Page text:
1930 - 1939
1930 - 1939
1930: Move to Cannstatt
The company moves from the centre of Stuttgart to the industrial district of (Bad) Cannstatt, where Gottlieb Daimler and Wilhelm Maybach have already developed the world’s first high-speed combustion engine.
1930: STIHL exports
STIHL presents his portable petrol-powered chainsaw at the Leipzig trade fair – it is well received. The first exports go to Switzerland, the Netherlands, Belgium and France. STIHL enters into a business relationship with a foreign importer (Defries in Milan, Italy) for the first time.
1931: STIHL defies the global economic crisis
Andreas Stihl travels to the Soviet Union, where he receives an order for several hundred STIHL tree felling machines. Unlike most German companies, he does not have to dismiss anyone in spite of the deep economic crisis. Up to 26 machines per month are produced with a staff that has now reached 38.
1933: Growth of the company
Organisation and sales become more demanding as the company grows more successful. Andreas Stihl already has nine office staff at his machine factory.
1934: Training at STIHL
STIHL trains the first apprentice mechanics. Skilled workers with outstanding qualifications form the backbone of the company, which consistently develops technical improvements and employs new models.
1935: The first Christmas bonus
In the first profitable year since the global economic crisis, the employees reap the benefit of the first Christmas bonus in the company’s history. Sales of STIHL chainsaws increase around the world, as the rising industrial demand for wood and the wood product cellulose poses major challenges for forestry management and sawmills.
1936: New company logo
The new company logo reflects the close relationship of STIHL with the development of the chainsaw and the importance of its products in all areas of forestry and forest operations.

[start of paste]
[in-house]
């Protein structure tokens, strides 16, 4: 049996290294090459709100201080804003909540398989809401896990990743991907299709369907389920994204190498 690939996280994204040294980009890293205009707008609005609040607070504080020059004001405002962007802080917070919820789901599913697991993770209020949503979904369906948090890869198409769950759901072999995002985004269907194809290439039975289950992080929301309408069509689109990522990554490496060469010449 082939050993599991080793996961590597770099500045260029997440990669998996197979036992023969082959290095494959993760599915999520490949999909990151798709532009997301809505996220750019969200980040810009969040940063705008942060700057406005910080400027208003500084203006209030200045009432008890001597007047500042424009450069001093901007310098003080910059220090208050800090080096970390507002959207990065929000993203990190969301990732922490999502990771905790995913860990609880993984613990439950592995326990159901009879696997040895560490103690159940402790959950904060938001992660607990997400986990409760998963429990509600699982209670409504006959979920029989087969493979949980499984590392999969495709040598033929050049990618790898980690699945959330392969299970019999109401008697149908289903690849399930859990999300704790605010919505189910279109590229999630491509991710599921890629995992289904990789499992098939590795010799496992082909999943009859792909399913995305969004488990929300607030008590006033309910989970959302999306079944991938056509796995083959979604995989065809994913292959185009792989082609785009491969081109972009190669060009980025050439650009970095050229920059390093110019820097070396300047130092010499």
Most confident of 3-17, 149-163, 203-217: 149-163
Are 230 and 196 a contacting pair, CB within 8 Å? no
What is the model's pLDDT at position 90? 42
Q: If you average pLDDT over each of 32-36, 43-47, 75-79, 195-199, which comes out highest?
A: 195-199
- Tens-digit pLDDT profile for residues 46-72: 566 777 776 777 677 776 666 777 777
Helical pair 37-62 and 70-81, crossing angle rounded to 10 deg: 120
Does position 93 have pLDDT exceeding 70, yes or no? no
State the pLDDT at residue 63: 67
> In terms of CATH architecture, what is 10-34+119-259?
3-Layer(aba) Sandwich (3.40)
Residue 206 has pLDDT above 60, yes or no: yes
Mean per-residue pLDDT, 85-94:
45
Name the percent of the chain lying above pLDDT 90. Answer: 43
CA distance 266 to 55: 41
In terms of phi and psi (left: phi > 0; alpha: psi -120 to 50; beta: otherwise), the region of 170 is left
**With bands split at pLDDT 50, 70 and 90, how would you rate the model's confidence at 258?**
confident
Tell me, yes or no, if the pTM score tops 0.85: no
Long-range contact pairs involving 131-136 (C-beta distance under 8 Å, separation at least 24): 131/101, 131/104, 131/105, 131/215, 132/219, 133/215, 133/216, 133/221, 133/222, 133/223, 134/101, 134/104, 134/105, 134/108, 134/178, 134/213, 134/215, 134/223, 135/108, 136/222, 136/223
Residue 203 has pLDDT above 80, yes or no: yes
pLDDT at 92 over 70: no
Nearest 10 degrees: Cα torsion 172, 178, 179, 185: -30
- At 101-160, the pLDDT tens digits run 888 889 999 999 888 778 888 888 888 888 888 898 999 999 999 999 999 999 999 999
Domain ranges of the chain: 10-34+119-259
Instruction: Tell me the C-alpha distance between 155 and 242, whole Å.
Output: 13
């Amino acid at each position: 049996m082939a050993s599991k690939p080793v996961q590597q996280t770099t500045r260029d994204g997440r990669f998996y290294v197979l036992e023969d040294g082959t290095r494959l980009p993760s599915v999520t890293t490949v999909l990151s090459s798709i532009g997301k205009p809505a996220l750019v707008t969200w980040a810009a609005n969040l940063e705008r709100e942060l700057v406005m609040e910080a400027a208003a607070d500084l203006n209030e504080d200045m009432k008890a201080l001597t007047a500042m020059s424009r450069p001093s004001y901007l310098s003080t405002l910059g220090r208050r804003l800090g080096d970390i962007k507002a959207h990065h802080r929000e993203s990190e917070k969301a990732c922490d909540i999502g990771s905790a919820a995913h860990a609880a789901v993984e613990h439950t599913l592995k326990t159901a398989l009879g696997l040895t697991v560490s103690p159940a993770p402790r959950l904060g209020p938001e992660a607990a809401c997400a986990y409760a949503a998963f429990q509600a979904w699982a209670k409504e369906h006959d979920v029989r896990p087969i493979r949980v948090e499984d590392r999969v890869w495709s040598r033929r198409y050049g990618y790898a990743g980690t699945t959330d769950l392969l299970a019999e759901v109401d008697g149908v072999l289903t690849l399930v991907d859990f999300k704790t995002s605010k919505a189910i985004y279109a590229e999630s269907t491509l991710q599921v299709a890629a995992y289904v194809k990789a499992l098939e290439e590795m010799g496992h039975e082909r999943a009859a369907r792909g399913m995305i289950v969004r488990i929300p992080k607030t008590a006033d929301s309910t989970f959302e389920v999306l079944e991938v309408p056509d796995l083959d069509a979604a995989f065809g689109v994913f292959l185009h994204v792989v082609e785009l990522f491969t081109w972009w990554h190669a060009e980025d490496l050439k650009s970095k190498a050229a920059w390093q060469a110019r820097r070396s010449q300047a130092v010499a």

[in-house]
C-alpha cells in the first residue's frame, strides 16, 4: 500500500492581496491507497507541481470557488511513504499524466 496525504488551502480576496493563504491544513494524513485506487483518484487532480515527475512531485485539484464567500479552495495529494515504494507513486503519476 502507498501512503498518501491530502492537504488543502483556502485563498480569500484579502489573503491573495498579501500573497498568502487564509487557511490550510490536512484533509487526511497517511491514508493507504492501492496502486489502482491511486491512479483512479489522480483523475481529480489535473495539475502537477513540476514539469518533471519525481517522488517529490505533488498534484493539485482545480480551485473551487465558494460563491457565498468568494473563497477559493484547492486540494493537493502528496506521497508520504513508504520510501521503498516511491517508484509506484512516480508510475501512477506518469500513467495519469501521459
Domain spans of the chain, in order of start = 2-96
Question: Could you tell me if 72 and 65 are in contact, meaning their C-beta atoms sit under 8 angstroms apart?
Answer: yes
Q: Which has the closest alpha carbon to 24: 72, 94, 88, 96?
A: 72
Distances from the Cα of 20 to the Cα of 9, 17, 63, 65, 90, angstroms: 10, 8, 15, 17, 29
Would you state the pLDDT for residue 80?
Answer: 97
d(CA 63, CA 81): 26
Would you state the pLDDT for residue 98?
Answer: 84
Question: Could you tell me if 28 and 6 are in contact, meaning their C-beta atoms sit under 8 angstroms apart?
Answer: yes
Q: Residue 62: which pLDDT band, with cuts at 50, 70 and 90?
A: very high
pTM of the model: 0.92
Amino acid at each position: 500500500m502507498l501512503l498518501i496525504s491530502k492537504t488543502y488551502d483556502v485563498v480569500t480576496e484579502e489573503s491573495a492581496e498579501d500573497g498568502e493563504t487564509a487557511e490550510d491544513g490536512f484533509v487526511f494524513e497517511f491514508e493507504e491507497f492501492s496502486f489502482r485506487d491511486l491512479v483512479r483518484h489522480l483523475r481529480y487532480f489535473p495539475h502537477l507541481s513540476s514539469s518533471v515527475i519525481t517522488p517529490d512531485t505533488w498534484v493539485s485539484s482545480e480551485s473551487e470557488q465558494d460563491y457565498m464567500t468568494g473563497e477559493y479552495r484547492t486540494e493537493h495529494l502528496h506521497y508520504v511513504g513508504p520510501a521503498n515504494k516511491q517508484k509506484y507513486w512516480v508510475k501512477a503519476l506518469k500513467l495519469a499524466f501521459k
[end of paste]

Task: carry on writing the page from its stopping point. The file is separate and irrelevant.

1937: Trip to America
Andreas Stihl takes an extended sales trip through the US and Canada. With 27 models, the STIHL brand is already recognised worldwide as the epitome of modern chainsaws.
1930: The first one-person chainsaw
A new electric chainsaw for cutting to length is the first that can be operated by just one person. It is mainly used in log yards. The STIHL "Liliput", the successor model, comes to market in 1933 and weighs 25 kg.
1932: Patented Stihl saw chain
A. STIHL MASCHINENFABRIK in Stuttgart-Bad Cannstatt receives a patent in 1932 for the 3-lug saw chain with cutting teeth and rakers for better chip removal.
1932: Stihl motorised washing machine
Washing machines with a choice of electric motor or water drive complement the chainsaw product segment for a few years.
1934: Fully automatic chain lubrication
Pressure-feed lubrication in the hand piece oils the saw chain and guide bar as needed. The fully automatic “lubrication for saw chain machines” developed by Andreas Stihl, regulated for the first time by the rotation of the sprocket, receives utility patent protection from the patent office of the German Reich.
1935: Petrol-powered frame saw
For decades, the non-jamming speciality saw and its successors are used to cut logs to length in log yards.
1936: Centrifugal clutch
With the centrifugal clutch, the saw chain starts moving automatically as the motor rotation speed increases.
1937: PK compressed air saw
The compressed air chain saw with fully encased gear mechanism weighs only 14 kg and can be used in mining and even underwater.